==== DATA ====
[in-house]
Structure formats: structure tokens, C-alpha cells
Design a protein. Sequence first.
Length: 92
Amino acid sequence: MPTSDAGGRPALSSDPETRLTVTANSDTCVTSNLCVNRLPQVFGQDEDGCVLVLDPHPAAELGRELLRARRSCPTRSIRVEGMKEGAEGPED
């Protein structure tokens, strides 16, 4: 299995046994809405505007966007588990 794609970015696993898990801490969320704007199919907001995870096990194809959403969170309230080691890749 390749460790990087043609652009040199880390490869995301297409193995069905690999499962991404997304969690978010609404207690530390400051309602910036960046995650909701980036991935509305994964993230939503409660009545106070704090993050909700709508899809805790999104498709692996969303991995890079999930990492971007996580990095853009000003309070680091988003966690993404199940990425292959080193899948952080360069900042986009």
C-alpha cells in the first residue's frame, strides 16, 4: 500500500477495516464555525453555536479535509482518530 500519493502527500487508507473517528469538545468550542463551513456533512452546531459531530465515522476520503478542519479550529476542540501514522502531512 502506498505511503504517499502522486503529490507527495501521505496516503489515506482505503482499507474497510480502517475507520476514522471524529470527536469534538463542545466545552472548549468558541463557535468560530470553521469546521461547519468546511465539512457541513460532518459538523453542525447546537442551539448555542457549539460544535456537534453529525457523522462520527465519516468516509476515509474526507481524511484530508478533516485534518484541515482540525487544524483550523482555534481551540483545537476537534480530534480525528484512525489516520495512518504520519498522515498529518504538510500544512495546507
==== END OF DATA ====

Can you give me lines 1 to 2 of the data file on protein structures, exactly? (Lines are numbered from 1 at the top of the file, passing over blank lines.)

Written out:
[in-house]
Structure formats: structure tokens, C-alpha cells